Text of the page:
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Paradise pools

February 13, 2011

Semuc Champey: “It’s the most beautiful place in Central America – maybe even the world,” an enthusiastic 18-year-old Canadian tells us.

Panorama of Semuc Champey

A tiny hummingbird looks for nesting material in the thatch of our cabin

So, we make the 9-hour journey across the rippling highlands into the heart of Guatemala, to Semuc Champey. In the last 20 minutes, we transfer to a 4WD and delve deep into the valley over rough and bumpy terrain.

The steel bridge over the river

Cacao tree

We stay in cabins owned by local Q’ekchi Mayans, whose language is a staccato of syllables that click with consonants. We learn a few words, to practice with the continually laughing, giggling women or the big-eyed little girls, who come around selling “choc-o-lat-e” every day. We watch them making the chocolate: picking big cacao off the trees around our cabin, crushing it in a mortar and adding crystals of sugar. It tastes like sweetened cocoa, which is what it is, I spose.

At the forest mirador high above Semuc Champey

The series of pools are set in a limestone bridge above the River Cahabón

In the morning, we walk a few metres down a jungle path to find the big attraction. Its a truly beautiful limestone bridge that buries the fast flowing River Cahabón, which then re-emerges 300 metres downstream.

The river upstream

Where the river plunges 300 metres down under the limestone bridge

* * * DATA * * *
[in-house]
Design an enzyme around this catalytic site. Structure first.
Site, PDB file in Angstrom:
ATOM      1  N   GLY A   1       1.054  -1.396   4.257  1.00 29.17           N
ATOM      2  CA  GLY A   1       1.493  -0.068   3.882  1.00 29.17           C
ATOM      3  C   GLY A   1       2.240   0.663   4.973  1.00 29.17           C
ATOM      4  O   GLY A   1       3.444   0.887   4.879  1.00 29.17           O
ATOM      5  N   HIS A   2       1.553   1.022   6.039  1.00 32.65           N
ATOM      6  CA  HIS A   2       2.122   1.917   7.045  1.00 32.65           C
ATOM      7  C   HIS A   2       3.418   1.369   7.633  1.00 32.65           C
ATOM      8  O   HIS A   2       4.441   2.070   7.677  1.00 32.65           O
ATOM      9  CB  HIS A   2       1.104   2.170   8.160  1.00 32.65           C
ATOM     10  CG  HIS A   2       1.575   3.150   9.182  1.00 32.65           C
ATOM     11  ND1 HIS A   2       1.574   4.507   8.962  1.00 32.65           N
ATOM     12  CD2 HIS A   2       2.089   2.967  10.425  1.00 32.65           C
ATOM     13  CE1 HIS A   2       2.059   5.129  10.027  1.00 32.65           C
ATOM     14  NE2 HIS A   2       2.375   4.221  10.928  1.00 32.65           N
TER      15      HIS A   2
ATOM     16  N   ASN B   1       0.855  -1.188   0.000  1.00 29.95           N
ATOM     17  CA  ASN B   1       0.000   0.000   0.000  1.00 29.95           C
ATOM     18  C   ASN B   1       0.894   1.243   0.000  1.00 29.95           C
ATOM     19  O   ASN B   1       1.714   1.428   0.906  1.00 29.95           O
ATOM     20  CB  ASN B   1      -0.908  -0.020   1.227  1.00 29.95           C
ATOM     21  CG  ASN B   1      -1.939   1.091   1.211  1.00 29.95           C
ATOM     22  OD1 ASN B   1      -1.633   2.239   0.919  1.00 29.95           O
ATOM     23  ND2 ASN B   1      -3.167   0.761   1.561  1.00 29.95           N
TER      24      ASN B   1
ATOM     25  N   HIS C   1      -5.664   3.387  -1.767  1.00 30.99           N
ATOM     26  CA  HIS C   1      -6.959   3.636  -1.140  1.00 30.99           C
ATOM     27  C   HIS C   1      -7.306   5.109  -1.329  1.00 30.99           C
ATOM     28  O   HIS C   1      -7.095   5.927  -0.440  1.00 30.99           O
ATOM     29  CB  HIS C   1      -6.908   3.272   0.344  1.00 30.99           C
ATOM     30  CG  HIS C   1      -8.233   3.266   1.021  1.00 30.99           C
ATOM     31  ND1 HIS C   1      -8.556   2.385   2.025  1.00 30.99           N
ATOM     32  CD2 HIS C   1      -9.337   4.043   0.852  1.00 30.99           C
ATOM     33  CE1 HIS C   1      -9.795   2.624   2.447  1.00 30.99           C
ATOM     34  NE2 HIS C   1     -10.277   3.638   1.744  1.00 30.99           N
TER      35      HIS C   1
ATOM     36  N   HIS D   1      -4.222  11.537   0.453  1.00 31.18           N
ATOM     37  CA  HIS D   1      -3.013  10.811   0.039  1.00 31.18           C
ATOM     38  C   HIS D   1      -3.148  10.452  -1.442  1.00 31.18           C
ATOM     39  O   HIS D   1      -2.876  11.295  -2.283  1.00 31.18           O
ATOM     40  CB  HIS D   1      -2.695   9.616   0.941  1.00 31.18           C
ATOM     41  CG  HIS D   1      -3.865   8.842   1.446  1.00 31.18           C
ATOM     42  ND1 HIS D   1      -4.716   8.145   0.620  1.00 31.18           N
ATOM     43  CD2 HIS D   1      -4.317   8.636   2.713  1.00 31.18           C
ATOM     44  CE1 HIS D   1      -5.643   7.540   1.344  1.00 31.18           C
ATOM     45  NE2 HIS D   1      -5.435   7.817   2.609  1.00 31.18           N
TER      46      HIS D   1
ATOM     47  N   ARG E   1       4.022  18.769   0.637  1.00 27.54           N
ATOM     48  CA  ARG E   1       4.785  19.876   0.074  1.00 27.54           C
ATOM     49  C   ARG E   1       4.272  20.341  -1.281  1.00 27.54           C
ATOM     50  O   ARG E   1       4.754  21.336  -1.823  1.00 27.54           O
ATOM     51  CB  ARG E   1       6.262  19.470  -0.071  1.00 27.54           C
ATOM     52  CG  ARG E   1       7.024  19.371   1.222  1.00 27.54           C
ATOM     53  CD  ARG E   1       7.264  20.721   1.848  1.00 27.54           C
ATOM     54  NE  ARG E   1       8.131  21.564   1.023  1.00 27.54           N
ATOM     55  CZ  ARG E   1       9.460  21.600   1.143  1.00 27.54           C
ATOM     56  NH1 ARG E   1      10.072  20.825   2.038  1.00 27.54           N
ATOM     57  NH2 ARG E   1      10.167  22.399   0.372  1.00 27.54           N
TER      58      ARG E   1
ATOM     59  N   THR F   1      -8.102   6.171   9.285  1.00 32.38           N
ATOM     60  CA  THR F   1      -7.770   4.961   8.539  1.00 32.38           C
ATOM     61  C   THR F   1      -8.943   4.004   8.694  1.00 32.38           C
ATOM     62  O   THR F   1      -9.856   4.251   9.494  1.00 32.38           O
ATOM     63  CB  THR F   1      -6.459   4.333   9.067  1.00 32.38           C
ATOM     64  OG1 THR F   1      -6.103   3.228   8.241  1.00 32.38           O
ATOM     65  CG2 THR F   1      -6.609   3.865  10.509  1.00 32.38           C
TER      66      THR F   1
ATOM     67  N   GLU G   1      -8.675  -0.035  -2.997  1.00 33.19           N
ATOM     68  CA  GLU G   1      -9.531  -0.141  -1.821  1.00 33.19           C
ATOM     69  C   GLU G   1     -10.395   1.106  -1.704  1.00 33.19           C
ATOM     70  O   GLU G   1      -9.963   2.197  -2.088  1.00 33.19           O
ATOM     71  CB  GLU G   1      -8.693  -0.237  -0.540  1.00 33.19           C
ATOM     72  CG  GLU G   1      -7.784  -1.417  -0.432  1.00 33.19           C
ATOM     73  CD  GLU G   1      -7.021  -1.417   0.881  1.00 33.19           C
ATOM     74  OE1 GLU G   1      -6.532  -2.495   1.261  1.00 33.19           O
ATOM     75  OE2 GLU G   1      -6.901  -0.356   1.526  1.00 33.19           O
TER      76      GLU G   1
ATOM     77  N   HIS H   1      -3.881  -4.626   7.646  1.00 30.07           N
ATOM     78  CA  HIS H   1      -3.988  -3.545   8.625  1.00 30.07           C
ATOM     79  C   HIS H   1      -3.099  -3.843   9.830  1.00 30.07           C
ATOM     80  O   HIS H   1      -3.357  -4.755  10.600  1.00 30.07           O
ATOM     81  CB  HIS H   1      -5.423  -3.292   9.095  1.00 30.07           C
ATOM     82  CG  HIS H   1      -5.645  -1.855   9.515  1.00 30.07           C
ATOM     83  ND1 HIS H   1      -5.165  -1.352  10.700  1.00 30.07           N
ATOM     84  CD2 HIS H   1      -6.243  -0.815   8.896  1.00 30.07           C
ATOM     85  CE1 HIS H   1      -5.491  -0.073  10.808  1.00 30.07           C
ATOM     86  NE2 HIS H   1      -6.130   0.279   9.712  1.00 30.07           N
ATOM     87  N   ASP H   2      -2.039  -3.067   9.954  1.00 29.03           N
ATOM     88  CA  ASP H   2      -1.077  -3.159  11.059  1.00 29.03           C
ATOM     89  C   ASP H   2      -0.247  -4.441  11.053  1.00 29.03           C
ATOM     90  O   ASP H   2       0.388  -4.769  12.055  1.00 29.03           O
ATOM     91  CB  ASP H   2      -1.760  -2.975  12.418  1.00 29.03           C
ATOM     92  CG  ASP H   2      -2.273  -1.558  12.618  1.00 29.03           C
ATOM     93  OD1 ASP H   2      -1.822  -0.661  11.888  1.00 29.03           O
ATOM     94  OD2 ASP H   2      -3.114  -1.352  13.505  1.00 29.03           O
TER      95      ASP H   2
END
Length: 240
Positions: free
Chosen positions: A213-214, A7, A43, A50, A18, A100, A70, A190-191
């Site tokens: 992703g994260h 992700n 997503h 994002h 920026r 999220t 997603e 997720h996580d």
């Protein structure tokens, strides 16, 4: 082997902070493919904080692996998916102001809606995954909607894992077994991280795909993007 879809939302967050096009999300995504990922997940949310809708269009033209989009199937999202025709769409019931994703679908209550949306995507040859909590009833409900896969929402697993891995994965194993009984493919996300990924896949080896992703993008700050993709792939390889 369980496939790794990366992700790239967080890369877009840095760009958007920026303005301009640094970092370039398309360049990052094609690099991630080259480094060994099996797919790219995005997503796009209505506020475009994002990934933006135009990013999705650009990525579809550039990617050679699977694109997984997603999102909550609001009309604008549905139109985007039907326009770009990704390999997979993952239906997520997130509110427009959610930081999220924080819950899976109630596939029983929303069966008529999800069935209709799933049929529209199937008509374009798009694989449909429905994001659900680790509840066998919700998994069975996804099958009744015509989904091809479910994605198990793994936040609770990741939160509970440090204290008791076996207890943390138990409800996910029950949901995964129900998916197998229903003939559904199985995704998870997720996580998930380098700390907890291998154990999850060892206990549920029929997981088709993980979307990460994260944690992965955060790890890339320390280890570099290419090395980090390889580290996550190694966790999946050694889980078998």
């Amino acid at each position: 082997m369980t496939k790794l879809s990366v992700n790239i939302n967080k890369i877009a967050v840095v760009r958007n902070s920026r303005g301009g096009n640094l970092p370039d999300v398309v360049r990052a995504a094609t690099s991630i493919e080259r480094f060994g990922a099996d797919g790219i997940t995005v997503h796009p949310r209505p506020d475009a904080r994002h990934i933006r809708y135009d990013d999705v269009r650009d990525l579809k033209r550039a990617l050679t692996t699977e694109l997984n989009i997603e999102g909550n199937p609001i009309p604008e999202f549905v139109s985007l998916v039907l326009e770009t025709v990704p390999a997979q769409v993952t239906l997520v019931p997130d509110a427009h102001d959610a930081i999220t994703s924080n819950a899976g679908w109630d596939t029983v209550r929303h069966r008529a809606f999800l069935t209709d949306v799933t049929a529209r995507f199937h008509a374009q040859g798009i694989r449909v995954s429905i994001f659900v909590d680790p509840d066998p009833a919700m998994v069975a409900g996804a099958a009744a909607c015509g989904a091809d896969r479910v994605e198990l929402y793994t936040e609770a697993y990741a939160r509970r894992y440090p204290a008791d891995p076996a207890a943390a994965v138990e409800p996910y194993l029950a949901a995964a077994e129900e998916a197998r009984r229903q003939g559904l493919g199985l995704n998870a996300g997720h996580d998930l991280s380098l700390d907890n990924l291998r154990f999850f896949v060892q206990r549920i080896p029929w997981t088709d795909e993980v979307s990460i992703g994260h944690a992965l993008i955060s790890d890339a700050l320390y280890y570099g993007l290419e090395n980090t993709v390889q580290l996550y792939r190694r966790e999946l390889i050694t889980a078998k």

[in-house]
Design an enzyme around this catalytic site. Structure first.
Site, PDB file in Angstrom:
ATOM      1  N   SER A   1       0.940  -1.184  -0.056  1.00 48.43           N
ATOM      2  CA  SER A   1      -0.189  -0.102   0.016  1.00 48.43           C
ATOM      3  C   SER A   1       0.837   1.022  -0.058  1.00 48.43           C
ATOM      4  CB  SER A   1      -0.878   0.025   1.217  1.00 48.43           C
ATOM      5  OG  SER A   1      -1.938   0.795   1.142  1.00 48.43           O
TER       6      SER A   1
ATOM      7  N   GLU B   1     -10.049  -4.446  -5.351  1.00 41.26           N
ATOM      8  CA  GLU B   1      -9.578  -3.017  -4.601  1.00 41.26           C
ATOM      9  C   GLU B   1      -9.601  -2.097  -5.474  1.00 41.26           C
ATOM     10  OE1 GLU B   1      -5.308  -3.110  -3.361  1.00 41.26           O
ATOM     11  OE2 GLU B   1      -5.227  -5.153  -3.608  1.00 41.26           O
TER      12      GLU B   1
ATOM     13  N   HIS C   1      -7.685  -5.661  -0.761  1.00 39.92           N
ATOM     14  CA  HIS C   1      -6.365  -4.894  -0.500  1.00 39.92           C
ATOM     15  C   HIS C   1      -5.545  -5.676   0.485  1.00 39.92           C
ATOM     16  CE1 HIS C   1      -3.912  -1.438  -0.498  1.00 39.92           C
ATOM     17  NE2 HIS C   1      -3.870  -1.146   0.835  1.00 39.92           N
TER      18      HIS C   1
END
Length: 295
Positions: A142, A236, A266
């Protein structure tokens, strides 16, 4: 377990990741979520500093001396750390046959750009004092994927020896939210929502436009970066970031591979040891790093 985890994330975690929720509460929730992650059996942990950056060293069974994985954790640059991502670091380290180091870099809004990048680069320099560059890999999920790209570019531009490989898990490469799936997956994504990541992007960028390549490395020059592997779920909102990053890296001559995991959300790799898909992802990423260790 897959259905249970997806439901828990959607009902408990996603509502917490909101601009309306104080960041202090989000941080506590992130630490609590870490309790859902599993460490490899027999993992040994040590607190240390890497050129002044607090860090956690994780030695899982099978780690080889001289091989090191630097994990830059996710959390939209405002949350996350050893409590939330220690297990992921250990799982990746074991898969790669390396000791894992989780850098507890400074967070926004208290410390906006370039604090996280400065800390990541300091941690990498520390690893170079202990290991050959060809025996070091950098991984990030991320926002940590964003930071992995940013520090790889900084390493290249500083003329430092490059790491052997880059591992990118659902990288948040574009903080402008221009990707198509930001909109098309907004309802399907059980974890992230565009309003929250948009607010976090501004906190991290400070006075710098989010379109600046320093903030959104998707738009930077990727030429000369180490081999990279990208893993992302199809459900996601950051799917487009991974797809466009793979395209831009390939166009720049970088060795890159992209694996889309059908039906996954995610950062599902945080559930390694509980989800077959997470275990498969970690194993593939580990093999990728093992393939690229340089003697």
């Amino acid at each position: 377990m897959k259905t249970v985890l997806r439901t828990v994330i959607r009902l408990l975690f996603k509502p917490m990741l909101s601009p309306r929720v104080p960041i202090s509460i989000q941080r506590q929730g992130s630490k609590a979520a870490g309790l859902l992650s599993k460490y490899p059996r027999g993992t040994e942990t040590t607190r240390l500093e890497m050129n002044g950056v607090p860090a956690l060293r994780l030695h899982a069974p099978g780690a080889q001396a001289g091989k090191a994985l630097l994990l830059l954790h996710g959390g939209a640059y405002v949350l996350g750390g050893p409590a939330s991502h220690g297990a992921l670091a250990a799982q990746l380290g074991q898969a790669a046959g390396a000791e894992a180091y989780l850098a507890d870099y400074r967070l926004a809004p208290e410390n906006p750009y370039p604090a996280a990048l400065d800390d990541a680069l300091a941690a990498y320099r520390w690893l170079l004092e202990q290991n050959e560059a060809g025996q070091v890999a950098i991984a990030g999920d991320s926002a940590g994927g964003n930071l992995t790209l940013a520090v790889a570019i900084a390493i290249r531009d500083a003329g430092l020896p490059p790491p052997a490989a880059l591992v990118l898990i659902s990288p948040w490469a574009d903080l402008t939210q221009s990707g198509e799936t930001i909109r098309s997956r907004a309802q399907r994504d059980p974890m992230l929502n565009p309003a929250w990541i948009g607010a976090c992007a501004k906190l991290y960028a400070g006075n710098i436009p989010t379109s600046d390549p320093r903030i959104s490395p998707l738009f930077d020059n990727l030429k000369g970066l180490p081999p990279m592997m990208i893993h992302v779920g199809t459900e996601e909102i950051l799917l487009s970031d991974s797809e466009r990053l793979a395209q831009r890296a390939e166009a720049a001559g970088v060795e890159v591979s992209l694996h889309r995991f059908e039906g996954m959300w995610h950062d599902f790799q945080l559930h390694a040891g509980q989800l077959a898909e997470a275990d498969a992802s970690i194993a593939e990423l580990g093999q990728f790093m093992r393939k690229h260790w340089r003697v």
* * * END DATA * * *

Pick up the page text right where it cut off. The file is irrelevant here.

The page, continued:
A series of gorgeous turquoise pools have dissolved into the bridge, each connected to the lower one by a cascade of short waterfalls.

Mountain streams feed the pools

Nick dives in

The water is incredibly clear

Butterflies and hummingbirds dance among the flowers at the edge of the pools and cichlids sparkle in the clear water.

Tetras fish sparkle in the water and nibble our mosquito bites

The waterfalls are slippery and make perfect slides

I make it in eventually

We swim and explore the prettiness, joined every couple of hours by tour groups that visit and leave. Three armed policemen patrol past, taking photos of the bikini-clad girls and lingering unnecessarily.

The river reemerges under the limestone pools

Hummingbirds flit between the trees

All too soon, the sun passes beyond our narrow valley and the pools become chilly. We stroll back slowly, sucking at ripe mangoes and collecting our fill of views.

3 Comments leave one →
  1. February 13, 2011 3:00 pm

    Looks like that Canadian is right! What a wonderful place.

    • Gaia permalink*
      February 13, 2011 3:10 pm

      It’s stunning, and we were lucky because the next day, the rain came and clouds completely obscured the valley.

  2. February 22, 2011 1:40 am

    You have got some lovely pics in here.

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